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Silver Sparrow - Tayari Jones Chaurisse Witherspoon described certain people - naturally pretty girls who took their beauty to another level - as “silver girls.” When she encountered Dana Yarboro in the cosmetic aisle in a mall drugstore during an aborted shoplifting attempt, she immediately recognized her as a silver girl. Dana recognized Chaurisse too - as her half-sister. Chaurisse is drawn to a friendship with Dana; Dana is drawn to something a little different.

Tayari Jones'’ third novel, Silver Sparrow, is an unusual take on a not-entirely-unusual story. Plenty of people drift into (or deliberately choose to have) affairs. Sometimes those affairs result in children. It'’s less common for the mother of one of those children to insist on marriage to the father while the father remains married to, and refuses to leave, his wife - who, by the way, is also expecting a baby. But marriage to James Witherspoon is what Gwen Yarboro wanted, and for years of Wednesday nights, she and her daughter Dana had James and his “brother” Raleigh with them as family; those were the nights that James'’ wife Laverne and daughter Chaurisse believed the men were working. While Gwen and Dana are constantly aware, and frequently resentful, of James'’ other family, Laverne and Chaurisse have no idea one exists.

Jones tells the first half of the story through Dana’'s first-person narration, and then switches to Chaurisse'’s voice before bringing the two girls - teens born just a few months apart - together. It’'s an effective construct that allows the reader to have the same “secret” knowledge about Chaurisse that Dana has before meeting her; once we do meet her, that knowledge filters the reading of her side of the story. For me, that added both poignancy and a sense of foreboding to the second half of the book - it was pretty clear that before it was all over, everyone was going to know the whole truth.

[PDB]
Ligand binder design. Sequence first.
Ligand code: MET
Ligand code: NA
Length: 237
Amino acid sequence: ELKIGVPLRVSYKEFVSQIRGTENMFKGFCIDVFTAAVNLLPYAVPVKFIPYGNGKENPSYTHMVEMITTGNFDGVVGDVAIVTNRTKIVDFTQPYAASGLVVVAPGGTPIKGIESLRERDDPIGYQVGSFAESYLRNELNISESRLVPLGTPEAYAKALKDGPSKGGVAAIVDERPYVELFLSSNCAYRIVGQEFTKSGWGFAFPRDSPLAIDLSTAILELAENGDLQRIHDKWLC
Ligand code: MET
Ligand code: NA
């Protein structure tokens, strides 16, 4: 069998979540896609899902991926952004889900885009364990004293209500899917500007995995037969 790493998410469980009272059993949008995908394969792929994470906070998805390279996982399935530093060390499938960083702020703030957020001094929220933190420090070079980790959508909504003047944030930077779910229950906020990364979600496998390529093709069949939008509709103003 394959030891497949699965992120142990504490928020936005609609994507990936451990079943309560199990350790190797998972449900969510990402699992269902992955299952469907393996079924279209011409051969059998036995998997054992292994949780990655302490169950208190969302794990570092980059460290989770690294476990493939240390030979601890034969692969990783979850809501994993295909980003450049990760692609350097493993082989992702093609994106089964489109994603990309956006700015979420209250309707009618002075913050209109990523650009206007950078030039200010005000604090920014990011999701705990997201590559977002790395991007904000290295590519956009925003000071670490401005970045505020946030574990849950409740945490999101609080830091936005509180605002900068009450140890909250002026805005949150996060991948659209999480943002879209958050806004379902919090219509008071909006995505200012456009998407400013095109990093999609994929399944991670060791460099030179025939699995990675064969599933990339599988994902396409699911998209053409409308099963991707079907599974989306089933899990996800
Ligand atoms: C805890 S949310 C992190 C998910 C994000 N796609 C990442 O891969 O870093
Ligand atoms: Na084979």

Jones'’ writing keeps Silver Sparrow from being as melodramatic as its plot suggests it might be, and telling the story through the daughters is one way she achieves that. She has also created memorable characters, each of whom can evoke the reader’'s sympathy even when they'’re not entirely likable, and given both of her narrators distinctive voices and perspectives without significantly changing her writing style when she shifts. Her depiction of 1980s Atlanta feels true to time and place. Silver Sparrow was an absorbing read, and I’d like to read more from Tayari Jones.